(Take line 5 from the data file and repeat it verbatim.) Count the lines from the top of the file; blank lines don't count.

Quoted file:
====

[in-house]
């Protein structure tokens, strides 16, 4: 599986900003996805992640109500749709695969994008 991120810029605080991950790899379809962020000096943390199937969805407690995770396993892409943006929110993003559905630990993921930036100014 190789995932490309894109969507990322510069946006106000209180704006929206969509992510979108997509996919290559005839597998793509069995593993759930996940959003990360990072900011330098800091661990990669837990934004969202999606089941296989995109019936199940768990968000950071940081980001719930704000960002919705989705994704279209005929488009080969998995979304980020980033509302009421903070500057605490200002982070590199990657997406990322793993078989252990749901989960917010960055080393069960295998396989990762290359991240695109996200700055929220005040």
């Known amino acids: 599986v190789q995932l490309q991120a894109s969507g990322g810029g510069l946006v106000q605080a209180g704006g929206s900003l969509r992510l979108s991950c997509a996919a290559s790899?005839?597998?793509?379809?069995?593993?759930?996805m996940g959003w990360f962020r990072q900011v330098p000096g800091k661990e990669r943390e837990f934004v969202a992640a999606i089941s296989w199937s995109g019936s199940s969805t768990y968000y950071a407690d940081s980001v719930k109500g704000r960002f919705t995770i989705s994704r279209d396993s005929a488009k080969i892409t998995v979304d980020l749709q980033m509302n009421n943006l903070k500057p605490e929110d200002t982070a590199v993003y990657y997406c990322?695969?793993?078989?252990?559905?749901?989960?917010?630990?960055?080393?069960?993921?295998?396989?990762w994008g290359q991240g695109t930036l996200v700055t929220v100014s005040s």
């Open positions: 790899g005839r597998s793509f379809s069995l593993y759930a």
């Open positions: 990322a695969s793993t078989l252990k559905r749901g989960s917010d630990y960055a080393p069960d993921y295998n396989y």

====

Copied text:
């Open positions: 990322a695969s793993t078989l252990k559905r749901g989960s917010d630990y960055a080393p069960d993921y295998n396989y």